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Angel investing | Common Pitfalls | Liquidity event | Plus and Minus
From the investor’s perspective, angel investing — that is, direct investment in a startup or early stage company — is fraught with a variety of risks not associated with an investment in a public company. Even experienced angel investors sometimes find themselves tripped up by pitfalls that only apply to early-stage, private companies.
The most common pitfall of angel investing is being locked into a company with no attractive way out of the investment. An investment with this characteristic is called a member of the “living dead.” From the investor’s standpoint, this is a form of financial purgatory.
The second most common pitfall of Angel investing is investing in a company whose management proves unable to handle the firm’s growth, requiring the angel to save the company and the investment. This experience is often a painful one and sometimes costly as well.
Liquidity event in Angel Investing
Because of the high risk of being locked into a company, angel investors are interested in creating a liquidity event. A liquidity event is an action that allows investors to recover their investment or in some way make it liquid so they can dispose of it.
The most common liquidity events are selling stock back to the company, a merger or an acquisition by a public company, trading the illiquid stock to another investor for public securities, selling the company to other investors or entrepreneurs, and an initial public offering.
How to increase liquidity event?
To increase the likelihood of a liquidity event, experienced angel investors often insist on special provisions in their stock purchase agreement providing them with a variety of ways to exit the company.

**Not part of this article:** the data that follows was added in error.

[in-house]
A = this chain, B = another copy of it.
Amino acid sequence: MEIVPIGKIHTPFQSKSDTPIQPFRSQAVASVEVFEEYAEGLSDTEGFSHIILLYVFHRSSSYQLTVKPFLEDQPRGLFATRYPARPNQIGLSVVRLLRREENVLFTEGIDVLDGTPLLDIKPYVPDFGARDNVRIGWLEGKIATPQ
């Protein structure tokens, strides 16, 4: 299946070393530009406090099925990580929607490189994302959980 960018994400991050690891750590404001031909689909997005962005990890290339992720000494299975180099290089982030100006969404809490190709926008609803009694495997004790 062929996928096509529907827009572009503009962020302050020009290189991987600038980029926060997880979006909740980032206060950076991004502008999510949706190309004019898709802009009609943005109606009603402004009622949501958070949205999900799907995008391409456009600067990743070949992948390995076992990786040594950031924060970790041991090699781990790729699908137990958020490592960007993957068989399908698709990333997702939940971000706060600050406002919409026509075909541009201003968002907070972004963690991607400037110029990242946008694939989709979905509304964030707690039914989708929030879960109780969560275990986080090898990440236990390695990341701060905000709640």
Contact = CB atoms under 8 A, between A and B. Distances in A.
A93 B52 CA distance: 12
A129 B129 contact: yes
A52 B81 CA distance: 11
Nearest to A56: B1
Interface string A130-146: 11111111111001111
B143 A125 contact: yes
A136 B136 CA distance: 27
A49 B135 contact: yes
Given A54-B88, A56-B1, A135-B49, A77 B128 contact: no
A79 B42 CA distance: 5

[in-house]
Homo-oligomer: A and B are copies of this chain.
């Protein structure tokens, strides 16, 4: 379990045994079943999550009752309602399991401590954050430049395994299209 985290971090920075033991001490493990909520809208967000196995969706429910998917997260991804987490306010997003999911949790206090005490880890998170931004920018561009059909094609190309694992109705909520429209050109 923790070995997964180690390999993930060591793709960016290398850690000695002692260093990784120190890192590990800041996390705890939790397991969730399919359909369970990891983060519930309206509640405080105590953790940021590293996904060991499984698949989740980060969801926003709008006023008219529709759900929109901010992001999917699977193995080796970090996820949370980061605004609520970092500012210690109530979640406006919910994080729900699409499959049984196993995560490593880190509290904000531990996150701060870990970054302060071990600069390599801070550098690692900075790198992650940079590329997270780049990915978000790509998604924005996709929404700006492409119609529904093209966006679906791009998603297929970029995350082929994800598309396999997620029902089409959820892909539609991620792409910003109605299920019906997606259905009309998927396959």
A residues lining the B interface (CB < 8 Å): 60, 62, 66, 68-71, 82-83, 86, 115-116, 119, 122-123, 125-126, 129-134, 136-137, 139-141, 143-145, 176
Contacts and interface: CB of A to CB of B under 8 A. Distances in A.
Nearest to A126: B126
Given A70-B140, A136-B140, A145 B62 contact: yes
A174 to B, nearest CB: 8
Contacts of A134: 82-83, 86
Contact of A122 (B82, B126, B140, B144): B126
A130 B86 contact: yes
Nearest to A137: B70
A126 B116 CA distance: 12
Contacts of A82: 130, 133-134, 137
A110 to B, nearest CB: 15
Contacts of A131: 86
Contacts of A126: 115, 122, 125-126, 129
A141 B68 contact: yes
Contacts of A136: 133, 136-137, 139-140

Because of the risk of failure by the company’s management after the angel has invested, angel investors also seek provisions that allow them to change company management or takeover the company.
Plus and Minus of Angel investment
From the company’s standpoint, an angel investment can be a blessing or a curse. From a financial standpoint, an angel’s equity investment has the pluses and minuses of equity generally.
Pluses of Angel Investment
The pluses include the benefit of growth capital without the fixed expense of debt service, the maintenance of financial flexibility to allow borrowing for other opportunities, and access to capital earlier in the company’s life cycle than would be otherwise possible.
Minuses of Angel Investment
The minuses in angel investing include a high cost of capital — the angel provides capital expecting a return greater than 30 percent — and the dilution of existing shareholders.
Blessings and Curses of Angel Investing
There also can be blessings or curses in the non financial, personal relationship between the angel and the company. Much depends on the angel, the angel’s background, and the angel’s motivation. Besides cash, the blessings that an angel investor can bestow on a company include valuable contacts and valuable advice, particularly if the angel investor is an experienced entrepreneur with a background in the company’s industry.
The angel’ s investment can be a curse if the angel’s personality clashes with the company management’s or if there are serious differences over the direction the company should take. This conflict can be particularly difficult if there are differences over such issues as bringing in additional investors or the potential sale of the company.
WATCH THIS: Partner investor angels can be a particular problem. A partner investor who had has a long and successful corporate career often faces a difficult adjustment to the reality of a truly entrepreneurial organization.
In addition, because partner investors typically make only one angel investment, which may be a significant portion of their total net worth, they can be very sensitive to any financial difficulties the company experiences. Partner investors have a very strong tendency to be micro- managers.